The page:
Q: I report for the local community newspaper. The local Special District (Fire) has its regular meeting on the second Tuesday of each month. For quite a while the agenda was emailed to all board members and to me (upon standing automatically renewed request) on the preceding Friday. Recently the District started posting the agenda and sending the mail on Saturday. I have objected that the notice for 72 hours does not include Saturday, Sunday and Holidays. For a Tuesday 7:30 pm meeting notice would have to be made by 5 pm on Friday.
A: While I certainly understand why you would take issue with a regular practice of the sending and posting of an agenda on a Saturday rather than a Friday — practically speaking, sending an agenda on a Saturday, Sunday or holiday means that the agenda will often not be seen by the media until the first business day that follows — there is nothing in the Brown Act that excludes weekends and holidays from the 72-hour requirement for posting and mailing agendas. That said, to the extent there does not appear to be any legitimate reason for the fire district’s recent change of procedures, that change certainly seems to violate the spirit of the Brown Act, which is intended, among other things, to ensure that members of the public have advance notice of items to be discussed at meetings so that they may decide whether they wish to attend.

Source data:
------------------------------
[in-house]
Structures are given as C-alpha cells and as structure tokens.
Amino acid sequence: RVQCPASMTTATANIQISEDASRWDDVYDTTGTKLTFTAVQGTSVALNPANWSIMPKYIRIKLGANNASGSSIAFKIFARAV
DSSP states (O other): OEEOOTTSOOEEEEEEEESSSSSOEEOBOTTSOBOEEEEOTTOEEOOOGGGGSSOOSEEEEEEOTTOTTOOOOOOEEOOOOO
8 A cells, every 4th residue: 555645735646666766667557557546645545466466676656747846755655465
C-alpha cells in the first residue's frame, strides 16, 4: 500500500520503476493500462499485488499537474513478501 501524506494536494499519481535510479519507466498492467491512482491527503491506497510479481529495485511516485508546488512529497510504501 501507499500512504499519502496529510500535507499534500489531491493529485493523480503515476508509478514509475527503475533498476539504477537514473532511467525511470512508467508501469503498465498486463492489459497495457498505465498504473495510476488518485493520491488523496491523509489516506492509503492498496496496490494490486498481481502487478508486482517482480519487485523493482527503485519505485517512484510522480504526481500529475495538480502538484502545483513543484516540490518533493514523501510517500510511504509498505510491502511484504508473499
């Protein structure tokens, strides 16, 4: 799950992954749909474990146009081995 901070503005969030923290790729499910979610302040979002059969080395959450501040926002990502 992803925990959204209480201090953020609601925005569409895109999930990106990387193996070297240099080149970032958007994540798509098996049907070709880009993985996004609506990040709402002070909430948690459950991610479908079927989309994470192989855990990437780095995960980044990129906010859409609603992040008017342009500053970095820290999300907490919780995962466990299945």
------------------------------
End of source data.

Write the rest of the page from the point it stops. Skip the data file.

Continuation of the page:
In addition, the California attorney general’s office has concluded that under the 72 hour notice requirement, agencies must post their notices in locations which are accessible 24 hours a day for the 72 hours prior to the meeting. Thus, an agency may not post the notices in buildings that are locked for some portion of the 72 hours immediately prior to the meeting. 78 Ops. Cal. Atty Gen. 327 (1995).
While I suspect this is not the answer you were looking for, I hope this information is helpful to you.